Browsing: Shelters & Rescues
Raleigh, NC, January 30, 2013 –(PR.com)– The North Carolina Veterinary Medical Association (www.ncvma.org) has announced the release of a podcast discussing the adoption and handling of rescue pets. Dr. Chessie Green, D.V.M., a veterinarian at Falls Village Veterinary Hospital in Raleigh and immediate past president of NCVMA, provides advice on proper adoption procedures and care of rescue pets. She discusses ways to ensure that new owners receive the correct medical history for their rescue pet, as well as what further medical steps an owner should take after adoption. In the podcast, Dr. Green identifies the major differences between adopting a rescue pet and buying one from a breeder. She includes explanations of psychological problems often faced by rescue pets and how owners can help pets overcome these challenges. The podcast is available to download.
by Lauren Edwards
Adopting a dog to enhance your family unit is not a decision you should take lightly. You need to put as much careful planning into the adoption process as you would in buying a house, preparing for a baby or when organizing your wedding. Researching the right breed for your circumstances is of paramount importance, as unfortunately many prospective owners rush into the decision, often swayed by a new designer breed, without considering what the animal may be like.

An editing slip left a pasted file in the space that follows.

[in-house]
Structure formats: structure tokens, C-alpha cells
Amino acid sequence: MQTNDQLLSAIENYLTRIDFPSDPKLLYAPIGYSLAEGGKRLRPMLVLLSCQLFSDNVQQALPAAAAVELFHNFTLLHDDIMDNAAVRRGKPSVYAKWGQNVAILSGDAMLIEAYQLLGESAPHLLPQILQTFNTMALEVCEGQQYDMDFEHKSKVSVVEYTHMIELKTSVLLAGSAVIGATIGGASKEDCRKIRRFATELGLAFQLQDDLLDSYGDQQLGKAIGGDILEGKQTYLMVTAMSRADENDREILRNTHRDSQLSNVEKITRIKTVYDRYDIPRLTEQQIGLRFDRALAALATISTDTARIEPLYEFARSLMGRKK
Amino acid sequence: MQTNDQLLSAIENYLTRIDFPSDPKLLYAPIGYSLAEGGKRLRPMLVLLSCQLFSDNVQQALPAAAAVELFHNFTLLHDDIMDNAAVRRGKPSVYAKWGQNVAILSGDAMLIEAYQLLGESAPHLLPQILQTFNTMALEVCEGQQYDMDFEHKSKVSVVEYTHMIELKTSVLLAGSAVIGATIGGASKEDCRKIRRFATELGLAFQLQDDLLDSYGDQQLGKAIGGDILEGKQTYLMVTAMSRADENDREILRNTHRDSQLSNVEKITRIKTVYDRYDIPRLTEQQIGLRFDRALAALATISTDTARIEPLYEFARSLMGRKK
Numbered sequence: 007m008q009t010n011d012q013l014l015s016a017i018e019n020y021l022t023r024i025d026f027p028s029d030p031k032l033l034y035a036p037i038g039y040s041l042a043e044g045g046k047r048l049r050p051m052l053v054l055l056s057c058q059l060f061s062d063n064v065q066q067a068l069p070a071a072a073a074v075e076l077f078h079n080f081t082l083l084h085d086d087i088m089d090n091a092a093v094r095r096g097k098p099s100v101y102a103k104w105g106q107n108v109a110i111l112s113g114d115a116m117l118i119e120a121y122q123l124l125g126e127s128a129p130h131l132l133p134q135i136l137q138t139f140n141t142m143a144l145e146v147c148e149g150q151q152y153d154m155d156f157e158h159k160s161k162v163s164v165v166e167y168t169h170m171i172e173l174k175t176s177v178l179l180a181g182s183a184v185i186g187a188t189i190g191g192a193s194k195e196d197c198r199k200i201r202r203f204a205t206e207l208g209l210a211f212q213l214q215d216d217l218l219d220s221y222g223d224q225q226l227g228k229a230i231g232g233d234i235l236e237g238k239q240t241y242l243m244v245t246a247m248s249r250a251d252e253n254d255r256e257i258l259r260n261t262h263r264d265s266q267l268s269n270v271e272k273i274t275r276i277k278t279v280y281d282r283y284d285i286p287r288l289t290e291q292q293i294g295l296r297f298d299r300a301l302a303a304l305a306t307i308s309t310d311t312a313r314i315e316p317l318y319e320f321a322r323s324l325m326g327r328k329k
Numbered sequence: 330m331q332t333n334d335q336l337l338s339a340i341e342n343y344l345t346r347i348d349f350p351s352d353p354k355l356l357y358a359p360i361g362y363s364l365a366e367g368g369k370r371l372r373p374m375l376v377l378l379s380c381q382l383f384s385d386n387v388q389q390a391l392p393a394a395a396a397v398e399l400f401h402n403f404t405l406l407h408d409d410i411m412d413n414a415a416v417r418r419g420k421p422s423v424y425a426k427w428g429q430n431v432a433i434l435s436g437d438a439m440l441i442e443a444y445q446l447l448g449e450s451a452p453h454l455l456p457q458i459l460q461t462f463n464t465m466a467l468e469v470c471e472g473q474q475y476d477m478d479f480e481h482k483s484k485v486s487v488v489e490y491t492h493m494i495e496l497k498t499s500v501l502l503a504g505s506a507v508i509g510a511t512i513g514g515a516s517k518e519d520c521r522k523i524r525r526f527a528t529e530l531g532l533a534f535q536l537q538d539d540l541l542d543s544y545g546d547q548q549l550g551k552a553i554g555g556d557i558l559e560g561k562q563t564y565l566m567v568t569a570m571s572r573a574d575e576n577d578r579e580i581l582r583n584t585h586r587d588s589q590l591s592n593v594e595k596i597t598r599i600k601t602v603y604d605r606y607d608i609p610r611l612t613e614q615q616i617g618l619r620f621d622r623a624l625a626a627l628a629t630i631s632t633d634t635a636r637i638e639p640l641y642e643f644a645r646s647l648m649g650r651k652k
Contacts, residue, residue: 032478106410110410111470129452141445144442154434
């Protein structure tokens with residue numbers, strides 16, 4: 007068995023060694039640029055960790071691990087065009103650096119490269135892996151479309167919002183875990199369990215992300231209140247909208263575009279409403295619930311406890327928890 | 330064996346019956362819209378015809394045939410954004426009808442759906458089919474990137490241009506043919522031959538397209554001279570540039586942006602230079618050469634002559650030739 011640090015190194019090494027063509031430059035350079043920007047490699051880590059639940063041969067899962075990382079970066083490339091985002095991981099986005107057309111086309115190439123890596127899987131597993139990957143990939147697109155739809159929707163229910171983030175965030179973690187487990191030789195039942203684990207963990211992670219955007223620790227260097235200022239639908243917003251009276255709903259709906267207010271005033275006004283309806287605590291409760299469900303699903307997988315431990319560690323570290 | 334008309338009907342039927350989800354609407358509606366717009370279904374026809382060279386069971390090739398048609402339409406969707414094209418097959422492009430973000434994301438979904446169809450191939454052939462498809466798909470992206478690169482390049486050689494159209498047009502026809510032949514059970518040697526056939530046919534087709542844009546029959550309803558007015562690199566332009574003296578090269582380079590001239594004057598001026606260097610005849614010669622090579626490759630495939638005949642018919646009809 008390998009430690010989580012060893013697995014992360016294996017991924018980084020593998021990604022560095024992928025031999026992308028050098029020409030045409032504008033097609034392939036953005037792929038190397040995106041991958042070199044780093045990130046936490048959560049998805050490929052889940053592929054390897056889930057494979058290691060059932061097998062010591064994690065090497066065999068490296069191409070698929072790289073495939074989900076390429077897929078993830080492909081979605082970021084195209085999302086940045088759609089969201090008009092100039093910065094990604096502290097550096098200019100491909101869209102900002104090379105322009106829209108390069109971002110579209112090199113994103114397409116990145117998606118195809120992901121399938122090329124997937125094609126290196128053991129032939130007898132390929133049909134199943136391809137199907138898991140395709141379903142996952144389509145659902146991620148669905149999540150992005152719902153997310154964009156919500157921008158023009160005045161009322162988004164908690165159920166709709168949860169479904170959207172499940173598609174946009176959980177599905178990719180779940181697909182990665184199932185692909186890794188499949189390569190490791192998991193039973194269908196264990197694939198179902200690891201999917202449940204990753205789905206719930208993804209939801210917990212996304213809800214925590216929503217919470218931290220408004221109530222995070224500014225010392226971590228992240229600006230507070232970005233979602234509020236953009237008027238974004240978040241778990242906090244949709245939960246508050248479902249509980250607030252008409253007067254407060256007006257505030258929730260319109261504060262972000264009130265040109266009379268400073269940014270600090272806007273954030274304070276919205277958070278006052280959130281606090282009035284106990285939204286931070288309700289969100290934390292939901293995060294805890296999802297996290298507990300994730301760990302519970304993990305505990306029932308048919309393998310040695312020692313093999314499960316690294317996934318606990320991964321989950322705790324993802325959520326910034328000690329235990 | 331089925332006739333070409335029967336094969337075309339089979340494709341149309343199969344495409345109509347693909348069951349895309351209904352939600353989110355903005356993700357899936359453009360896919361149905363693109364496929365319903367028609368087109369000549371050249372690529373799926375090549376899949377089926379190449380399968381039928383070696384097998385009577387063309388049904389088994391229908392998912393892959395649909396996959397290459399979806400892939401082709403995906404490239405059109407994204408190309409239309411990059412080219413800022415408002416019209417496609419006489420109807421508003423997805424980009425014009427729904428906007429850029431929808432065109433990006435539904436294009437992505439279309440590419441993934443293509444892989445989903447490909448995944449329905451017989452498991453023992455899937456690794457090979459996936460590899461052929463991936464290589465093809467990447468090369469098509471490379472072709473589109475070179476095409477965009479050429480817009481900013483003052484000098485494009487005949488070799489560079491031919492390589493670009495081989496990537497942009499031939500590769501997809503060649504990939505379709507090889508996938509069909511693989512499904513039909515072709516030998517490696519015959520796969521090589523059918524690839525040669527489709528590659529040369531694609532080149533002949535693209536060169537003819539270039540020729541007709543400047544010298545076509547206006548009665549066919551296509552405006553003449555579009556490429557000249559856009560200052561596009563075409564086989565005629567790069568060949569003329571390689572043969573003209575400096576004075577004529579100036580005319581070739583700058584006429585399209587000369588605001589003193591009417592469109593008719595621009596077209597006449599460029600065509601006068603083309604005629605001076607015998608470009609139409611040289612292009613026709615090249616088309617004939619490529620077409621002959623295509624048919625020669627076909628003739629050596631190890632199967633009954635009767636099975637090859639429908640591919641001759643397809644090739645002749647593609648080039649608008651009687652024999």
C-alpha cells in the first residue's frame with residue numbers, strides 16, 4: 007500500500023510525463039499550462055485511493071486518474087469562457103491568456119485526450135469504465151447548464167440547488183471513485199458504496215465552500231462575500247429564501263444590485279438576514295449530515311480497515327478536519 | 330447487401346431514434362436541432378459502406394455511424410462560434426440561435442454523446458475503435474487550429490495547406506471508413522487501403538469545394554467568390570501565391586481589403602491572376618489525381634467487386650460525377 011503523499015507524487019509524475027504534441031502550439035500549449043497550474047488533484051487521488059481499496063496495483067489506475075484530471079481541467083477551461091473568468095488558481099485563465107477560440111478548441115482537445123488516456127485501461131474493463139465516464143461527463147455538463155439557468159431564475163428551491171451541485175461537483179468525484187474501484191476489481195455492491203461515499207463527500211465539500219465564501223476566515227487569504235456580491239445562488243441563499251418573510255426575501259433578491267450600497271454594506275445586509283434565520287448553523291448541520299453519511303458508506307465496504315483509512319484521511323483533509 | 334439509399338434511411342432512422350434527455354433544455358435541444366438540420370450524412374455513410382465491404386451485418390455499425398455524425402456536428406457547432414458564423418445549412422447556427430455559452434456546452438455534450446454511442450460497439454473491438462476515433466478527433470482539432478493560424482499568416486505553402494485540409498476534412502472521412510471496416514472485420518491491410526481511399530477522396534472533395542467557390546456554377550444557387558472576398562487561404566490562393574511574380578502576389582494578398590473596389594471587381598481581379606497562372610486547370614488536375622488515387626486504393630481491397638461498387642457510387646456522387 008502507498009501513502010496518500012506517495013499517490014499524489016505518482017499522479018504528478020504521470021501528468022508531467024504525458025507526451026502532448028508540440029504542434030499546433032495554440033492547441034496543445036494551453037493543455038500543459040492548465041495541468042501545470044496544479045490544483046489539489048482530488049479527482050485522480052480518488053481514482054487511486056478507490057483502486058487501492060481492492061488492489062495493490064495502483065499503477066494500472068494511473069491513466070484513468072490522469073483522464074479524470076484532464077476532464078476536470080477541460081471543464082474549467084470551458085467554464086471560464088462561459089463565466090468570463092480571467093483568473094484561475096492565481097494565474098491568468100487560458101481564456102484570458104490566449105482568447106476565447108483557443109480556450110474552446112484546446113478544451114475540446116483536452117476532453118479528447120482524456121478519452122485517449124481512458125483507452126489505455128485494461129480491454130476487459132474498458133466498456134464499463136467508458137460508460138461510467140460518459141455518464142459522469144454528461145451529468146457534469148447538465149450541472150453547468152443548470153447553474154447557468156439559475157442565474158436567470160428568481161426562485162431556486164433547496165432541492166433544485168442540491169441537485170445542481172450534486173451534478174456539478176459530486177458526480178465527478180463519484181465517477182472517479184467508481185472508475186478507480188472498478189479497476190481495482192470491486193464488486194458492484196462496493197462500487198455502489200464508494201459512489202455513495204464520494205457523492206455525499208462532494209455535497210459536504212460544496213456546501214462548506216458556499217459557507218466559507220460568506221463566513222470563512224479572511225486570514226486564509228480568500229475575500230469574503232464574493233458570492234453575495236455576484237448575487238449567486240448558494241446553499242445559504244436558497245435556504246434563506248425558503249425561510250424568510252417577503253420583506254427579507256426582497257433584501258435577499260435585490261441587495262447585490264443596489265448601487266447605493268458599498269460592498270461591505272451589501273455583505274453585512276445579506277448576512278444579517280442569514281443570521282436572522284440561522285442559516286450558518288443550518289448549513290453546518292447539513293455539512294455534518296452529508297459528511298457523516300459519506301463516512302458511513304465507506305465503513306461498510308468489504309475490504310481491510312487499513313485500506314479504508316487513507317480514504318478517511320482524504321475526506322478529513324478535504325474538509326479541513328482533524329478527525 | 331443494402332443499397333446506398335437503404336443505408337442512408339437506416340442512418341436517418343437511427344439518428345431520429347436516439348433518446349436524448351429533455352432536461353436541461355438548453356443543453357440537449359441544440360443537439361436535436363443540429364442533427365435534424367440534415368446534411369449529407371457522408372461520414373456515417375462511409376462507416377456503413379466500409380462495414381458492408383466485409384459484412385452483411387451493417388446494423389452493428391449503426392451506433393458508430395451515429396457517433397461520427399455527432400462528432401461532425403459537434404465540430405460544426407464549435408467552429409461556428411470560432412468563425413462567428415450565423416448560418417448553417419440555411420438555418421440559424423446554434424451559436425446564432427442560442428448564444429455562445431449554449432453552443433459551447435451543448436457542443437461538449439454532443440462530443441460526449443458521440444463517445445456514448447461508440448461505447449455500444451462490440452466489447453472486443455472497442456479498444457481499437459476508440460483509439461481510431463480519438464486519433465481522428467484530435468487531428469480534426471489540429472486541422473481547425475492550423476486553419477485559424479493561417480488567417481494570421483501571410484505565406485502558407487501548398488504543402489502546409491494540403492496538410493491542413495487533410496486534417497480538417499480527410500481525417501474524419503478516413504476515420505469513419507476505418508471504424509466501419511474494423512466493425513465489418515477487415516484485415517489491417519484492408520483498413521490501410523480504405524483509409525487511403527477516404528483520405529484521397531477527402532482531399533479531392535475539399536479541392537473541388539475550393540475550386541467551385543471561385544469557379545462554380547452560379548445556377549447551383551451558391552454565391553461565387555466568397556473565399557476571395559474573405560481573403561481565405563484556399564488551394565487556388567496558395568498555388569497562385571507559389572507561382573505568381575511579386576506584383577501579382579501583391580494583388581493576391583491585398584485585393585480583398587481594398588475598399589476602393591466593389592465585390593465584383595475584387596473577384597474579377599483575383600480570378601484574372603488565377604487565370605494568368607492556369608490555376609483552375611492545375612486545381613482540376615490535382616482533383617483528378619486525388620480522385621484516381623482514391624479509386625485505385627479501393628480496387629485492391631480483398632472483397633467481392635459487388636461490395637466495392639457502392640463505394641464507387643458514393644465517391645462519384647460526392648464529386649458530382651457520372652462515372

It is a good idea before embarking on the dog adoption process that you evaluate how your life could fit around a dog and not how a dog could fit into your life. You need to calculate how long the dog may be left alone during the day if your family is at work or school, as more than four hours is not really acceptable. Furthermore, you need to decide if you can put aside time to exercise your new canine friend and whether you would be prepared to train it. Puppies will need training whether for toilet needs or for when you are walking them.
For years and years Bob Barker said to all the viewers at the end of The Price is Right “Bob Barker reminding you to help control the pet population. Have your pet spayed or neutered. Bye-bye.”
Since there are still people in the world that simply refuse to be responsible and have their pets spayed or neutered we will continue to have the problem of overcrowded shelters.
October is ‘Adopt a Shelter Dog’ month where awareness is put in high gear to help correct the problem. Nationwide there are about 5,000 independent community animal shelter. Statistics are hard to find since no national organization monitors these shelters. Currently, no government institution or animal organization is responsible for tabulating national statistics for the animal protection movement.